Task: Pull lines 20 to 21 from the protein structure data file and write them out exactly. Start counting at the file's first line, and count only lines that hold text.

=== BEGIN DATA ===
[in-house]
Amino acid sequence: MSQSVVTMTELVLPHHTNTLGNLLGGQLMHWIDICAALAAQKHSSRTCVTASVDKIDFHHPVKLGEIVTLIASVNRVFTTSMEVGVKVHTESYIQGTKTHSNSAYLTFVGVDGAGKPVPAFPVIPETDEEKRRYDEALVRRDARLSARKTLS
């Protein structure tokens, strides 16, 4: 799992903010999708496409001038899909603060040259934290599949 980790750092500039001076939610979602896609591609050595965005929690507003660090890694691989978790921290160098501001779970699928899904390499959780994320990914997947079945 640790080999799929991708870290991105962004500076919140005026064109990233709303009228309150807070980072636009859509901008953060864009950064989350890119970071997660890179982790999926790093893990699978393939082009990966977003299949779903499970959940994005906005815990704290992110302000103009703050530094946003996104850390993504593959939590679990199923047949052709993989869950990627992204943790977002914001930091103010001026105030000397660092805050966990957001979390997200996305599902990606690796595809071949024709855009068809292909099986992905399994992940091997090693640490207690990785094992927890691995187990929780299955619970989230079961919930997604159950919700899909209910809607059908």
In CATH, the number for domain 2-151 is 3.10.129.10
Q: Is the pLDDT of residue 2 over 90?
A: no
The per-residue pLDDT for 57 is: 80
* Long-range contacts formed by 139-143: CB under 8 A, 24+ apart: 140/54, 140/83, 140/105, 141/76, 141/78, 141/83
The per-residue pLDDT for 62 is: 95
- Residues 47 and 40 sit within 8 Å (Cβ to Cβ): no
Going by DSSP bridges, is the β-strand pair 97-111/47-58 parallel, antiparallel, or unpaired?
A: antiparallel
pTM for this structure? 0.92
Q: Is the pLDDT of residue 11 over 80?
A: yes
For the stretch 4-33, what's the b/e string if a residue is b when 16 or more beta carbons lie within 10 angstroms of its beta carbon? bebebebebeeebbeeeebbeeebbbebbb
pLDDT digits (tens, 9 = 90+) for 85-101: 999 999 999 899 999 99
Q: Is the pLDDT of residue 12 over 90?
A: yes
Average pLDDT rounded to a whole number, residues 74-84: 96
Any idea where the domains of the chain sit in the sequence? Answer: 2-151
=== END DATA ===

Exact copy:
Average pLDDT rounded to a whole number, residues 74-84: 96
Any idea where the domains of the chain sit in the sequence? Answer: 2-151